Total RNA was extracted from cotton seedling leaves and A. thaliana plants using a RNAprep Pure Plant Kit (Tiangen). cDNA was synthesized using PrimeScript™ RT Reagent Kit with gDNA Eraser (Takara, China), and qRT-PCR analyses were conducted using the SYBR® Premix Ex Taq™ (Takara, China) on an ABI 7900 Real-Time PCR System (Applied Biosystems, USA). We used Primer Premier 6.0 software to design all qRT-PCR primers (Additional file 2: Table S2). Three biological replicates and three technical replicates for each sample were performed. The dissociation curves for each reaction were analyzed, and the 2−ΔΔCT method was used to calculate the relative expression levels of each target gene .
Cotton roots were harvested 24 h post-inoculation (hpi) with Vd080 or water for both JM11 (susceptible) and ZZ2 (resistance) plants. mRNA-seq data was used for screening of candidate gene in each locus. Clean reads were obtained by removing reads containing adapters and poly-N, which were low-quality reads from raw read data. The filtered reads were mapped to the G. hirsutum reference genome (CRI-TM-1, version1.0) using Hisat2 software . Moreover, roots of ZZ2 plants with an introgressed fragment were further harvested at 9 h and 72 hpi with Vd080 or water and mapped to a G. arboreum reference genome. mRNA-seq data was used for screening of candidate gene on SHZDI1/SHZDP2/AYDP1.
Verticillium dahliae culture and plant inoculation
The Verticillium dahliae strains Vd080 (isolation from Hebei, China), Vd076 (isolation from Henan, China), and Vd991 were obtained from the Institute of Cotton Research of the Chinese Academy of Agricultural Sciences. V. dahliae was prepared according to a general protocol . The V. dahliae isolates were grown on potato dextrose agar medium at 25 °C for 10 days. The colonies were then inoculated with Czapek’s liquid medium for 4 days of growth at 25 °C with shaking (180 rpm). Cotton seeds were sown in vermiculite and sand (6:4 v/v ratio) and grown at 28 °C with a 16 h/8 h light/dark photoperiod for 3 weeks. Using the root dip method, each plant was inoculated with 10 ml of V. dahliae suspension (~ 1 × 107conidia/ml) . Control plants were inoculated with an equal volume of sterile distilled water.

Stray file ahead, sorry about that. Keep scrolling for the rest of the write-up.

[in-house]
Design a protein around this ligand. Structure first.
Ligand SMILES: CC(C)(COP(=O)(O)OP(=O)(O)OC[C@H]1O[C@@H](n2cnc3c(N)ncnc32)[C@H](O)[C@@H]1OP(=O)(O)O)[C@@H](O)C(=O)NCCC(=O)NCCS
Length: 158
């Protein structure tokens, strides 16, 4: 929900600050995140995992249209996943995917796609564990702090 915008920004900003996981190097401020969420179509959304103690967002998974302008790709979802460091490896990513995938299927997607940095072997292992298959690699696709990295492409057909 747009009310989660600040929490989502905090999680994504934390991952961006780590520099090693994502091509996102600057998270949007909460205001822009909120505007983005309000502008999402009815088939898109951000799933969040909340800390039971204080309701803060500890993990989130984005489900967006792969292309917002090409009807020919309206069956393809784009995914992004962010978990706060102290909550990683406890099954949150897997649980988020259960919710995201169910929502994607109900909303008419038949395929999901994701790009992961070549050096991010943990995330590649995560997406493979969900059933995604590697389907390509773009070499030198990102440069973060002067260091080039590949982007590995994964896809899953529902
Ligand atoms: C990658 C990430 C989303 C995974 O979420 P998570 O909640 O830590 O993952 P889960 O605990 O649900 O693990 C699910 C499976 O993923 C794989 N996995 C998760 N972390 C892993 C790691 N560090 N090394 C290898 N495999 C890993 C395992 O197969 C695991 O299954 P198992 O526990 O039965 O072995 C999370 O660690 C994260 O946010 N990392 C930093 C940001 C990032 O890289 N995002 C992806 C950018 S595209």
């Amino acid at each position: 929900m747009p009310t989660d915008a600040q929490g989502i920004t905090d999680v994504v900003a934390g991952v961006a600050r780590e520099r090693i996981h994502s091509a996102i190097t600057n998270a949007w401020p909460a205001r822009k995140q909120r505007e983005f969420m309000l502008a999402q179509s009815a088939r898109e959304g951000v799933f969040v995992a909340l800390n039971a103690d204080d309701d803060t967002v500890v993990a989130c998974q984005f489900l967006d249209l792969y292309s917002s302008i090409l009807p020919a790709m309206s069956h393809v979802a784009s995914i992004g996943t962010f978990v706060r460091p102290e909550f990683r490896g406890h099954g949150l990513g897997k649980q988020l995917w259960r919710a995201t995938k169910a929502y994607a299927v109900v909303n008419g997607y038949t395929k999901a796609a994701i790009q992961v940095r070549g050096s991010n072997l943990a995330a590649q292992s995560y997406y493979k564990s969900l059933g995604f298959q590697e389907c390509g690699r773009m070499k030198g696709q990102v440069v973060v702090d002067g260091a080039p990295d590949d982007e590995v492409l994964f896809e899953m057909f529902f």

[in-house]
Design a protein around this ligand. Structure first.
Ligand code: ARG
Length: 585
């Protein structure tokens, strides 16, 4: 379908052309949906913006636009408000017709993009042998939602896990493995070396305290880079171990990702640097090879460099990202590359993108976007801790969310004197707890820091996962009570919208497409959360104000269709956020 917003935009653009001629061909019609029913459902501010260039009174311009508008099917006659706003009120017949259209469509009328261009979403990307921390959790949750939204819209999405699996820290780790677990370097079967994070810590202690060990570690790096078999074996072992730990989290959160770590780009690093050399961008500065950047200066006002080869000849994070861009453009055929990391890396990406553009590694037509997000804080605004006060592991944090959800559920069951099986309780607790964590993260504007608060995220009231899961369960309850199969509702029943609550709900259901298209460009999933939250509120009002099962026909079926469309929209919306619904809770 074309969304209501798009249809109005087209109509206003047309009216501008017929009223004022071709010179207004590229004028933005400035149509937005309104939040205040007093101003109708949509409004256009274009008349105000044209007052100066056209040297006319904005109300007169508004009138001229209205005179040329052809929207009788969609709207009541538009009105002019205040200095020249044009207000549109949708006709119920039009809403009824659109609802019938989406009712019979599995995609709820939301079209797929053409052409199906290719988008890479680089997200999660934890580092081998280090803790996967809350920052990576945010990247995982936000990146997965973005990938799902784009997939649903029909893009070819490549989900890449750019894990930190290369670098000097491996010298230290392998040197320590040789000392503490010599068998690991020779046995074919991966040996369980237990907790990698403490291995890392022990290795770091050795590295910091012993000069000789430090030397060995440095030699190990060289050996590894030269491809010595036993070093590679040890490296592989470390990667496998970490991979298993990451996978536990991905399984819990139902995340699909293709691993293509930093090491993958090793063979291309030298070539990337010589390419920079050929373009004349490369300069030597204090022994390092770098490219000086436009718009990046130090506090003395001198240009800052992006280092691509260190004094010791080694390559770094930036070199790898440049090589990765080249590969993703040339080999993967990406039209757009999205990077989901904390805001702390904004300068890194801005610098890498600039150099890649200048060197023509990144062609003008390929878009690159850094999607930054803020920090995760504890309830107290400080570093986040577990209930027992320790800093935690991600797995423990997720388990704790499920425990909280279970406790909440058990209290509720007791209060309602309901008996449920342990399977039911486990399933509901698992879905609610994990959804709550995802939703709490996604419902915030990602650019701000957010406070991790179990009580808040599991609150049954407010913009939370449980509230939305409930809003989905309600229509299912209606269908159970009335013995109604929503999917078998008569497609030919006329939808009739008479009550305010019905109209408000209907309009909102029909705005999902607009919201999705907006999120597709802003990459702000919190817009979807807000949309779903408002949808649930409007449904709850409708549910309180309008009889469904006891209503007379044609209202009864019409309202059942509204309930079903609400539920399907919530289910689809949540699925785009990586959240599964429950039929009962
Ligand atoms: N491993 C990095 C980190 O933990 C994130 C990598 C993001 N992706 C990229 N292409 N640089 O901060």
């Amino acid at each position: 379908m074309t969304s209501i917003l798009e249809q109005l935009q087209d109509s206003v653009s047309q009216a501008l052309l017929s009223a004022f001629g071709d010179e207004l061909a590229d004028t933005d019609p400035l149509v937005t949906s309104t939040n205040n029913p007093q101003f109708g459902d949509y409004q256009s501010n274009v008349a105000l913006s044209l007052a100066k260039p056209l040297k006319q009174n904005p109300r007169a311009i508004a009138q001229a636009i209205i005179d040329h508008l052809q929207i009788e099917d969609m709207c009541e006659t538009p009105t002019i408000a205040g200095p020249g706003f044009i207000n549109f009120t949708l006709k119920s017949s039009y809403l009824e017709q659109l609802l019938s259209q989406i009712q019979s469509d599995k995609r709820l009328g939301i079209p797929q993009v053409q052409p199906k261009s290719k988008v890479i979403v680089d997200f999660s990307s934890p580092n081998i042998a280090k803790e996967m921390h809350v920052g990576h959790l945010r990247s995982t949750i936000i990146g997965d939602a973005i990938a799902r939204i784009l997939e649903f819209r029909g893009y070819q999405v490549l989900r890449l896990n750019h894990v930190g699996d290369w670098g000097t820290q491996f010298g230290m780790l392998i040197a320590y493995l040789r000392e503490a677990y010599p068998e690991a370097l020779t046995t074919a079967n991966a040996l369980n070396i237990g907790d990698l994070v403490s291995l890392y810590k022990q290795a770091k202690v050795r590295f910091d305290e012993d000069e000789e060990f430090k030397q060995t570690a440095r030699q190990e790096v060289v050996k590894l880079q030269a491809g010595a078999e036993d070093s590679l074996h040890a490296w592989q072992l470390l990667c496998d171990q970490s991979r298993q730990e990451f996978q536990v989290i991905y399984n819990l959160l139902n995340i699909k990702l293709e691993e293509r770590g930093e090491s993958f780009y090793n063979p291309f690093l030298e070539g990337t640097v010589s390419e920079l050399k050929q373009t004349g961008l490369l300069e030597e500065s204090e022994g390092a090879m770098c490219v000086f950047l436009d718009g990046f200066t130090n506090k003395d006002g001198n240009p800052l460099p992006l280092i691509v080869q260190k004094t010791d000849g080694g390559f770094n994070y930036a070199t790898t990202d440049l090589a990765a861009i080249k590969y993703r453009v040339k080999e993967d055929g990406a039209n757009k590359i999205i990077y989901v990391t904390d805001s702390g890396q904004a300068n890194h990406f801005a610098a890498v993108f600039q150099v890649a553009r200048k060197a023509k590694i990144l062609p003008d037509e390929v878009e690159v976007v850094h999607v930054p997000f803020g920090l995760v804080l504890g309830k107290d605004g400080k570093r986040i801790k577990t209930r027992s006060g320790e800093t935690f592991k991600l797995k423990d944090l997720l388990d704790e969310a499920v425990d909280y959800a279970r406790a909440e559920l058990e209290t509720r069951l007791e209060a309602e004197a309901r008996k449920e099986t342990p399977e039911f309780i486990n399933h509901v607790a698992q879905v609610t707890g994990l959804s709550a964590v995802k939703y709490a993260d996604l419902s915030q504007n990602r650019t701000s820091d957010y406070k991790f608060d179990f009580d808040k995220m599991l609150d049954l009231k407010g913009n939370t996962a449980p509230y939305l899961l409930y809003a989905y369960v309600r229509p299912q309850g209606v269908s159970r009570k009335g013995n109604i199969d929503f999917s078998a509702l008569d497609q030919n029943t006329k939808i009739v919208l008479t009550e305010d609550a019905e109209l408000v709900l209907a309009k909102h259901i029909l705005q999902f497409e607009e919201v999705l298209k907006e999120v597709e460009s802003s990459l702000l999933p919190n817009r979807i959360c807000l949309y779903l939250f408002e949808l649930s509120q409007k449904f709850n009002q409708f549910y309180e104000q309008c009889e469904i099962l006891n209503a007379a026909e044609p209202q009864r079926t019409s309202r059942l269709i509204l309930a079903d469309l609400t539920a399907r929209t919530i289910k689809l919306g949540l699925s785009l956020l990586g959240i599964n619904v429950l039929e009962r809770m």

A. thaliana sterile seedlings were grown on plates of Murashige and Skoog (MS) medium for 2 weeks, after which 10 μL of conidial suspension (~ 1 × 107conidia/ml) was inoculated on A. thaliana plants roots. Control plants in each treatment were inoculated with an equal volume of sterile distilled water. Verticillium wilt phenotypes were investigated 10 days post-inoculation. The disease severity of A. thaliana plants was graded from 0 to 5, and the DI was calculated as previously described .
All vectors were constructed using a one-step cloning method. A pair of primers with double homologous arms and double restriction sites were used to amplify fragment by Phanta Super-Fidelity DNA Polymerase (Vazyme, China), which was then ligated to the vector with the same homologous arms and restriction sites by a Mut Express II Fast Mutagenesis Kit V2 (Vazyme, China). All point mutation sequences and fusion sequences were produced by PCR-driven overlap extension  and double mutation sequences were produced by PCR-driven overlap extension based on a single mutant template. All point mutations and fusion sequences were first cloned into pENTR/D-TOPO, and other vectors involved in mutation experiments were amplified from corresponding mutant pENTR/D-TOPO vectors. Except for NH188189AA mutants of TIR1L, other mutant vectors were constructed with the same primers of wild-type construction but with different vector templates.